Let's get this out of the way. I'm a huge Sacramentum fan. Their song structures are quite unlike any other metal band I've ever heard. They literally change riffs 5+ times a song, but it never gets dull. Also Nicklas Rudolfsson is one of my all time favorite drummers. The guy also fronts the death metal band Runemagick -- for whom he plays guitars and does vocals. This goes to show the diversity of the song writing capacity of the band as a whole. Another cool thing about this album is that Sacramentum seems to utilize guitar solos much more than in any of their previous work. While the solos are usually in the form of an outro to the songs, they will leave you stunned every time.

This is regarded as one of the lesser albums of the Sacramentum discography. I wholeheartedly disagree with that though, as there is more aggression in this album than any of their previous work. This album leans more towards death metal than black metal (something they hinted at on "The Coming of Chaos"). The vocals are however, black metal, but they carry the aggression of death metal.

A quick note, Nicklas Andersson (Lord Belial) contributes on the guitar playing on this album. As far as I know this is the only album where an outside guitar player has contributed at all. Brolycke handles the majority of the guitar playing on all of their albums and I would not be the least bit surprised if he has some sort of upper level academic experience in music theory. The ability to seamlessly integrate 3 separate riffs in one lyric is absolutely brilliant. So enough praise, onto the songs.

"Iron Winds" is indicative of what is to come. It's an intro, but it is not devoid of musical value. Very cool guitar effects emulating what going to war would sound like. This is especially fitting for the album, as the underlying theme on all of the songs is war and death. This is not the best intro, but it really sets the tone for what is to come.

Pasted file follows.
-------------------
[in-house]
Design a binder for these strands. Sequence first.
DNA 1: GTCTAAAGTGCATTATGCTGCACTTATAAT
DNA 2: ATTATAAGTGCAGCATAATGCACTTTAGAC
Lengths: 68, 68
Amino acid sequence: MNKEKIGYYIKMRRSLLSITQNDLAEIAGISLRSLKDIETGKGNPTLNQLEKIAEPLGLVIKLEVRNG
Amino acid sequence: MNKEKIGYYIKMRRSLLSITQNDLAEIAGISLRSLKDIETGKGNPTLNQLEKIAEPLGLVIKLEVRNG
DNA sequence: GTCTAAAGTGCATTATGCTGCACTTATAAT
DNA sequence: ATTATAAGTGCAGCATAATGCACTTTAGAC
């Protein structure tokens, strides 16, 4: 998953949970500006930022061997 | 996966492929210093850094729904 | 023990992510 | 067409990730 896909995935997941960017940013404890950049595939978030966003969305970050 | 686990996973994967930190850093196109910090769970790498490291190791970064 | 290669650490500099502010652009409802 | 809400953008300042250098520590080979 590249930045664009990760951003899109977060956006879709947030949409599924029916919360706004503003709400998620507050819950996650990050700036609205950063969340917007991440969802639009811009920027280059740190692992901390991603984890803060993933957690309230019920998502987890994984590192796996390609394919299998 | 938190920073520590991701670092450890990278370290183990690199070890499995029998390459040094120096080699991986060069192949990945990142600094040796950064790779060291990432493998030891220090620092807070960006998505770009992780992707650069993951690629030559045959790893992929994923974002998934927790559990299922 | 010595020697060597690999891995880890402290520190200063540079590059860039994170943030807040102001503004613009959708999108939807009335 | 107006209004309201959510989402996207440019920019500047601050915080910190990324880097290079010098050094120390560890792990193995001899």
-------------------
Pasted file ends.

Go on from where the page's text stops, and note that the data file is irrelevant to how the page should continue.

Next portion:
"The Manifestation" is a great fucking way to start off the album. You've got to absolutely love the originality of the song writing. Sacramentum fuses two words together as one for effect (Warwind, ironwind, deathwind etc). It really gives the lyrics a sense of longevity that is certain to not wear off soon. The guitar playing is extremely tight. The drumming is also VERY death metal like throughout the whole album, and this song is no exception. Great guitar bridge at 2:25, straight back into brutality at around 2:50. As the machine guns effects explode and the guitar solo screams out, you realize that this is not normal black metal. Excellent song about war, highly reccommended.

"Shun the Light" okay I'll admit, the first dozen or so times I'd heard this song, I shrugged it off as being somewhat derivative. The short, blunt guitar riffs do not seem particularly intriguing at first. But just wait until the 1:00 mark, the chorus kicks in and the riffs mutate into straight brutality. One cool aspect of this album is that they integrate different vocals for effect. It works very well on this song and on the album as a whole. The guitar solos at 2:00 will leave your jaw dropping at their perfectly executed style. Starting out mellow, once again mutating into straight warfare. Once again, at the 3:30 mark, one of the best chorus's ever to end the song.

"Demonaeon" starts off as a straight death metal intro. It does not let down at any point. The guitar effects in the chorus are absolutely fucking awesome. The chorus itself is one of the greatest chorus's on the album. Catchy, brutal and will stay in your head for awhile. At 1:20, straight fucking brutal death metal kicks into full gear. I love how just as when the lyric "Incinerate, degenerate, death strikes like a lash. " is completed Nicklas Rudolfsson hits the high hat to accentuate the point of death striking like a lash. At just over 4:00 minutes one of the fucking sickest guitar solos you will ever hear will grace your ears, it does not last long but that does not make it any less memorable.